Torture: Amnesty International says that the practice is more widespread than ever. It targets five regimes in its latest report

A glimpse of Hell in the cells of horror across the world with n
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For those who have faith in human progress, it makes grim reading to go through the new Amnesty International study, published yesterday, on the worldwide practice of torture. It concludes that since it issued its first such reports in 1973 and 1984 "most of the countries implicated in those books are still actively torturing their citizens; and a few more countries have been added to the list".

The forms of torture in use across the world are cruel almost beyond belief. A Burmese punishment known as "the helicopter" involves suspending the victim by the wrists or ankles from a rotating ceiling fan and inflicting blows as the victim spins round.

The "pig position" in Bolivia requires the handcuffed prisoner to be bent over backwards until his or her head is on the ground and pushed against a wall as the beatings rain down.

Such is only a random sample of methods and instruments employed by government security agencies and police forces from Serbia to Indonesia, from Iraq to Sri Lanka, from Haiti to Papua New Guinea. In all, Amnesty estimates torture has reached "epidemic proportions" in more than 40 countries, and says outbreaks have been reported in 60 others.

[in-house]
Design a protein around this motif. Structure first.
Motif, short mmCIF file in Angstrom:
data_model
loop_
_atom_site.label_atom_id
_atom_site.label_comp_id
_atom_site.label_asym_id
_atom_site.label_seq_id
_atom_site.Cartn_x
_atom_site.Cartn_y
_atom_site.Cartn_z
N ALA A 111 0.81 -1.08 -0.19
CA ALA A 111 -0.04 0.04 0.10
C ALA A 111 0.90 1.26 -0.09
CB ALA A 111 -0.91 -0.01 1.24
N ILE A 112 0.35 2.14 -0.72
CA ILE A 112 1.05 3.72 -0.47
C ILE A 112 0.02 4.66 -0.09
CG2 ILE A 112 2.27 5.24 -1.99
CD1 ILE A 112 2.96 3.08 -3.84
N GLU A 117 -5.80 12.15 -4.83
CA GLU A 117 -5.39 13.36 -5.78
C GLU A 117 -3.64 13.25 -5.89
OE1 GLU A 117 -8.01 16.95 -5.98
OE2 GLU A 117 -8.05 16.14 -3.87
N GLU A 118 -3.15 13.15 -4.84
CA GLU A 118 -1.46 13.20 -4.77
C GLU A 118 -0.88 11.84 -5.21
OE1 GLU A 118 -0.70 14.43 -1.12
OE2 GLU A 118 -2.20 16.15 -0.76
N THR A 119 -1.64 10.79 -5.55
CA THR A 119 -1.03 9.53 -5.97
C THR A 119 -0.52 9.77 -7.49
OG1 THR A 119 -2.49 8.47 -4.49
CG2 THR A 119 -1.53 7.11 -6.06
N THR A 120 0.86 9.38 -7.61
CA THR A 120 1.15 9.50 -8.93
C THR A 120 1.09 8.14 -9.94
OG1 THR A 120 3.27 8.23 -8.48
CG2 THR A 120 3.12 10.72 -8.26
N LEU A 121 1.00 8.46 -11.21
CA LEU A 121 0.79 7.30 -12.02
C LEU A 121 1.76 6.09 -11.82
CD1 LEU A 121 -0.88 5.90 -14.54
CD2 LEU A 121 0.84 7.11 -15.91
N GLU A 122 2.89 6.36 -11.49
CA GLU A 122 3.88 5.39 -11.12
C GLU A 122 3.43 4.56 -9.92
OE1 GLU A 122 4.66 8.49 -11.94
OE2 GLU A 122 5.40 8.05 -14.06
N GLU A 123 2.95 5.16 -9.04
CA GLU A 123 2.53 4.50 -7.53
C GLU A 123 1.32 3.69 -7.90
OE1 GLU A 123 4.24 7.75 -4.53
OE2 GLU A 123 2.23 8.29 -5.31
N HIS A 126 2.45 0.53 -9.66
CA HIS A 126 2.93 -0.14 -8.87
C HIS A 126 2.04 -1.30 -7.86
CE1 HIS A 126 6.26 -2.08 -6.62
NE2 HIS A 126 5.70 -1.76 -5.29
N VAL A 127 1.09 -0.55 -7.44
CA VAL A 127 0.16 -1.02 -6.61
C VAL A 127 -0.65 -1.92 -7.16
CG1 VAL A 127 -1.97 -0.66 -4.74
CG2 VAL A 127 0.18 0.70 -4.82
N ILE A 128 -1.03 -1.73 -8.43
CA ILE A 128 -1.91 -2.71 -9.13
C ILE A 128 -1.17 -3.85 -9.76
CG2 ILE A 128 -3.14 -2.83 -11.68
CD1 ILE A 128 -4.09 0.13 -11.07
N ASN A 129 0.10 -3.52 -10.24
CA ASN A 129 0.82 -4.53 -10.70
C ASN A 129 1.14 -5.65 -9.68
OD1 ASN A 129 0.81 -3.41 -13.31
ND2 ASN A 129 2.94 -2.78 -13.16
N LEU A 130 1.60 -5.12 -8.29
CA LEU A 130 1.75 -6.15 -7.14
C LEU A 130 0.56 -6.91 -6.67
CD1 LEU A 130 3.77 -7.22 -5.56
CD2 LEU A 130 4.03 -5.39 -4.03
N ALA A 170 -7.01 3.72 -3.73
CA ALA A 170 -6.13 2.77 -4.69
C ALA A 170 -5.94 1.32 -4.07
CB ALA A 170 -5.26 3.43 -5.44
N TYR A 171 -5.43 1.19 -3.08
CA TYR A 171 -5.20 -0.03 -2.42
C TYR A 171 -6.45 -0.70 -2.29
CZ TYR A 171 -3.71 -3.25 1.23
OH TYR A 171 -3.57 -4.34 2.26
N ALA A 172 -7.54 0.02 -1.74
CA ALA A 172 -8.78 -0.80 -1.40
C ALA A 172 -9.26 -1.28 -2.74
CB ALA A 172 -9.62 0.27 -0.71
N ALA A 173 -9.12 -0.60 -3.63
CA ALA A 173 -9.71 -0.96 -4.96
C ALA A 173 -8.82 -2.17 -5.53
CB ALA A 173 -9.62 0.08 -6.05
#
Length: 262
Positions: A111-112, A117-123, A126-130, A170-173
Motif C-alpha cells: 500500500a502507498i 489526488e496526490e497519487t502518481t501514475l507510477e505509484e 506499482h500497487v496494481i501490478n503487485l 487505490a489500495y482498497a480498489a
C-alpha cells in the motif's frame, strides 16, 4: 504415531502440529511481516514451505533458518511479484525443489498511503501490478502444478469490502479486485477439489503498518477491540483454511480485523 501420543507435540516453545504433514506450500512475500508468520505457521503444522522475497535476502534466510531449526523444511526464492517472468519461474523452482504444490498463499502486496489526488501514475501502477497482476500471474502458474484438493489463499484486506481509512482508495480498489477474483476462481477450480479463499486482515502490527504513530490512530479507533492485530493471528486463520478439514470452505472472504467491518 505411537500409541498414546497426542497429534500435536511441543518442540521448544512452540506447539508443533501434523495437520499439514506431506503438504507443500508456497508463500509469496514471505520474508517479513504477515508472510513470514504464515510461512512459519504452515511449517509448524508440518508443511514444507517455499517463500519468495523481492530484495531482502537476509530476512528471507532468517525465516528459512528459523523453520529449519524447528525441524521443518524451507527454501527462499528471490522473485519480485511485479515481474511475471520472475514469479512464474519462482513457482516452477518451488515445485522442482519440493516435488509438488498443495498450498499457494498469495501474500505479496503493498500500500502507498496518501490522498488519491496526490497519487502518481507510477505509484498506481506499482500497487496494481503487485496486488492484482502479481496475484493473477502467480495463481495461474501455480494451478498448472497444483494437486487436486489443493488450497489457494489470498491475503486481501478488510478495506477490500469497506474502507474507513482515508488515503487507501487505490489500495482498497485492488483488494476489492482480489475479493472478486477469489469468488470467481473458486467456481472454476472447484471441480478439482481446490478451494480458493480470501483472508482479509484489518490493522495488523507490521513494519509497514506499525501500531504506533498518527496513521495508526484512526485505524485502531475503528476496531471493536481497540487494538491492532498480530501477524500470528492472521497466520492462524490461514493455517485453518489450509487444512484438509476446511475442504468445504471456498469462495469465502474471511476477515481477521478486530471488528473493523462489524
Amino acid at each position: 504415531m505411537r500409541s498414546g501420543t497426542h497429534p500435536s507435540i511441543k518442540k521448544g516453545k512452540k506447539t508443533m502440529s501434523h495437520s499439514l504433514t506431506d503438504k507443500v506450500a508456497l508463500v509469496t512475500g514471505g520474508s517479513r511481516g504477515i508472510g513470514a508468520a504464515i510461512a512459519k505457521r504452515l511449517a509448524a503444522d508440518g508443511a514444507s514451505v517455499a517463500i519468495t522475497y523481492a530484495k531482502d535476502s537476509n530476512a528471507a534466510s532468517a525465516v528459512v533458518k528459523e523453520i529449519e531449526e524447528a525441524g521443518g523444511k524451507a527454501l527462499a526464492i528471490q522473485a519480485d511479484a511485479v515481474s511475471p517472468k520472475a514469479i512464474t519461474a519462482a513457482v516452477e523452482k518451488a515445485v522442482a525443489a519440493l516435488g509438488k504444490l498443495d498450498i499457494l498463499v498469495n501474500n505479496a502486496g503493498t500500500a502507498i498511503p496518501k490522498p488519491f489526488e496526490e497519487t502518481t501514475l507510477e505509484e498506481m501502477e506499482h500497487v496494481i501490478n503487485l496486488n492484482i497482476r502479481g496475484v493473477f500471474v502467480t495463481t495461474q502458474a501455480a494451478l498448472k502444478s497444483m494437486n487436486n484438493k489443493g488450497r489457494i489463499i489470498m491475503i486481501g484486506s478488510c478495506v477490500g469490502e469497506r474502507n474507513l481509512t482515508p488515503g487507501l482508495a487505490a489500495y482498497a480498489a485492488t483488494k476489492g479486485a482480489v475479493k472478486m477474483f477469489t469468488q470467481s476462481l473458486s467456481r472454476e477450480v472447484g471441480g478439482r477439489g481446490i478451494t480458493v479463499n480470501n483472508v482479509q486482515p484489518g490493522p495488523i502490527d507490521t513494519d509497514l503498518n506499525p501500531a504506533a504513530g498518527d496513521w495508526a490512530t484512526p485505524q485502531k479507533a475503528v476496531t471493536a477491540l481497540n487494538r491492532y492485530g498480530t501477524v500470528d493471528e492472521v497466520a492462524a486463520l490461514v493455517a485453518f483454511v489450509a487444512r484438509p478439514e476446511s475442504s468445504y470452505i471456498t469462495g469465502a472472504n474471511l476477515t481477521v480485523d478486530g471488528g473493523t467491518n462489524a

In launching its latest campaign for the abolition of torture, Amnesty is concentrating on five countries: China, Israel, Kenya, Mexico and Turkey, and on this page we summarise conditions in each state.

It has chosen them not necessarily because they are the most flagrant abusers of human rights but because each is in a different continent or region, reinforcing the perception that torture is a worldwide evil.

It is worldwide in a technological and commercial sense, too. Amnesty presents evidence that many Western companies, including some in Britain, have sought markets abroad for their shackles, thumbcuffs, electric shock batons, stun guns and other sophisticated products for abusing the human person.

Worldwide torture is not about to stop tomorrow. But better enforcement of the regulations governing exports of equipment open to misuse would be a good start.

5 A Glimpse of Hell is available at pounds 12.99 from Amnesty International UK, 99-119 Rosebery Avenue, London EC1R 4RE